That is a good observation. One of the faults I find with this series is that each medal has its own design and style, with no unifying theme or design element. It is because the designers were all different, each with their own style and interpretation, and the series is experimental. Hopefully the merits of the individual medals can override this issue.
Perhaps, I may venture to say that this apparent disparity in interpretation and design may paradoxically turn out to be one of the strengths of the medal series. There is always a sensitivity about "commissioned" design work because artistic independence could be impaired. If different artists have been given the licence to interpret and design these medals then there is likely to be vigor and heterogeneity in the finished work and I believe the medals so far attest to that fact.
Moreover, none of the imperial gardens represented so far by the medals are similar to each other, until you start breaking the medals into their constituent elements. That's when you begin to see the similarities, from the use of water features to containment areas, structural elements from bridges to rooflines, arches, pillars and porticos, and the interplay between straight lines and curves. Chinese gardens are multifaceted and capture features in the particular environment where they are situated. Therefore the medals should not look the same on cursory examination.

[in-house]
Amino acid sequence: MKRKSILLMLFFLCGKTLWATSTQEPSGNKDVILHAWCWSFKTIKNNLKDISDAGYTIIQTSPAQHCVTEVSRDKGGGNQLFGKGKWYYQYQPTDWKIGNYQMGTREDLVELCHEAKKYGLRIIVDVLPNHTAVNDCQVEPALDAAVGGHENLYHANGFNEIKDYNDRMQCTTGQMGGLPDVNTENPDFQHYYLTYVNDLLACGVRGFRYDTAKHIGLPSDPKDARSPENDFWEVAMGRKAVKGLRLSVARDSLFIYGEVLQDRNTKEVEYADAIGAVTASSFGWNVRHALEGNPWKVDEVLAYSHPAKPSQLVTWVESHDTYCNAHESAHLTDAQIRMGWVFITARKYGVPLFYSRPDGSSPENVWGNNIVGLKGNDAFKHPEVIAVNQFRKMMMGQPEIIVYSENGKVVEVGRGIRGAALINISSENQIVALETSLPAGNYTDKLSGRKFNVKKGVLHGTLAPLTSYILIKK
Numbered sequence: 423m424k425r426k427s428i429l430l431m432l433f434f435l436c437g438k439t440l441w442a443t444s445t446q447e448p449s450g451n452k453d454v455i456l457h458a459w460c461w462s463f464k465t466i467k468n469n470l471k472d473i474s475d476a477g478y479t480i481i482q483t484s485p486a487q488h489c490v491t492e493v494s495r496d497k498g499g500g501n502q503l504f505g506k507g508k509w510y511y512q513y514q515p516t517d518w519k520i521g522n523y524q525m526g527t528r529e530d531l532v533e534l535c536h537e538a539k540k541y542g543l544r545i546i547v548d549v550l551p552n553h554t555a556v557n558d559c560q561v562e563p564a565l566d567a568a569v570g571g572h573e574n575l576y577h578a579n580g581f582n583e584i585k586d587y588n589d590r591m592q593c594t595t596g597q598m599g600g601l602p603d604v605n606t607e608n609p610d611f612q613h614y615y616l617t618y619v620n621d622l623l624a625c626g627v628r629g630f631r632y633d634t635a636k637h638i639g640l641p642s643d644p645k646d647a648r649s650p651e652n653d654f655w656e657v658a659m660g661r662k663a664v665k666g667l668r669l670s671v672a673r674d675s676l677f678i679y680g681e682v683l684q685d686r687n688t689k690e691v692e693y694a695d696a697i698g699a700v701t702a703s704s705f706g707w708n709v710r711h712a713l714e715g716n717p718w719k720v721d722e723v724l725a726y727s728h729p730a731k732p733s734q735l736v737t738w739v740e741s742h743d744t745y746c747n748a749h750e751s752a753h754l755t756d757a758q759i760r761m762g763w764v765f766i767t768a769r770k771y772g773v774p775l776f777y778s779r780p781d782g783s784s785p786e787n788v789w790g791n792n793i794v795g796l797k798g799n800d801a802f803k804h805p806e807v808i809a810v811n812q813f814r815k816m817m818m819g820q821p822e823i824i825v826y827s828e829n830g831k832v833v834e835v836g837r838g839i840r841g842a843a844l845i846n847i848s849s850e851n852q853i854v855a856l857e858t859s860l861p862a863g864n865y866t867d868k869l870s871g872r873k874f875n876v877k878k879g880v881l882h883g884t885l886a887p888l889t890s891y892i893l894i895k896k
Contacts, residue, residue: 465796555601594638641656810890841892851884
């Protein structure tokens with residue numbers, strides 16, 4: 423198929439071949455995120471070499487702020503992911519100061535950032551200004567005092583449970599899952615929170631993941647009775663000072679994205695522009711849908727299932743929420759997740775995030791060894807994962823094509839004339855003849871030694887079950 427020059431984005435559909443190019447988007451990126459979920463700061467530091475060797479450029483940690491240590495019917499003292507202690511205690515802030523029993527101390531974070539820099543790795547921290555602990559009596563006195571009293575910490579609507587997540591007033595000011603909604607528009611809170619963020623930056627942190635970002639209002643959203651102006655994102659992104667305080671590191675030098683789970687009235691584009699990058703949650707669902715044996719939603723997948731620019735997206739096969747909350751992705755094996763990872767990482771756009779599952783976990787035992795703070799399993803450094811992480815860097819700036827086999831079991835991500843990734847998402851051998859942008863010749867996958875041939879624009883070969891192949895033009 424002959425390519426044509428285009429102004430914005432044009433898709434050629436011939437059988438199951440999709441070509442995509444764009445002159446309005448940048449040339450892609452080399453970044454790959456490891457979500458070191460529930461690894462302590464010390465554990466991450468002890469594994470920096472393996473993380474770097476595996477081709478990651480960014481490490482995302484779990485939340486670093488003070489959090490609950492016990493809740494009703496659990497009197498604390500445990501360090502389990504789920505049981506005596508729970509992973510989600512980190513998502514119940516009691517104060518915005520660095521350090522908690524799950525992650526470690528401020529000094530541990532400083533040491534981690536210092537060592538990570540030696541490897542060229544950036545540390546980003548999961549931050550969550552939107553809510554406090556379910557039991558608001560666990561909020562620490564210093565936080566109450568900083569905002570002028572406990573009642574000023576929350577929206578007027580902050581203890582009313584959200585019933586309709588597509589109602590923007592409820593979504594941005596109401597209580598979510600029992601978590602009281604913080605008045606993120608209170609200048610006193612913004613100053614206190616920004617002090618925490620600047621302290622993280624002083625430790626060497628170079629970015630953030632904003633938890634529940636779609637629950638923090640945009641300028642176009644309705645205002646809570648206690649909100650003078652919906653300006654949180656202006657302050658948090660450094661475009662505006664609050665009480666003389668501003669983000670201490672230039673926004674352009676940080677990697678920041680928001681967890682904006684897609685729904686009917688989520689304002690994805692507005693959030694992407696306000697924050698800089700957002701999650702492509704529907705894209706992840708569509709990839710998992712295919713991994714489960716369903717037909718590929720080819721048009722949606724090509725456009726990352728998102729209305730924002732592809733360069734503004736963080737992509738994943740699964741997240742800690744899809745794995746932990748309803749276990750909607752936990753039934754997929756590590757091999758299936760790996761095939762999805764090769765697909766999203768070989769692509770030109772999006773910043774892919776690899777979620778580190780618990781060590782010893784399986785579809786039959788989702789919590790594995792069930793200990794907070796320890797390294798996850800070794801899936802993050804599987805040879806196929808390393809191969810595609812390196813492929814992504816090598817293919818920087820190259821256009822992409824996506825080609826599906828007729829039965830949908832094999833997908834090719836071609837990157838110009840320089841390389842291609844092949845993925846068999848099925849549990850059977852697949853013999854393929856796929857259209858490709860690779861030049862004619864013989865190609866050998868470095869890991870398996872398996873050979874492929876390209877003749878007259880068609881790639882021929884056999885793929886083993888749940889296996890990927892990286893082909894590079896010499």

We have to go past the issue of cost and associated politics and focus more on the art work and technical expertise demonstrated by all parties involved in the design and production of these medals. Art historians can give a better account of what I am trying to say. I believe there is a lot of good in what these medals represent. Kudos to the sponsors, designers and producers!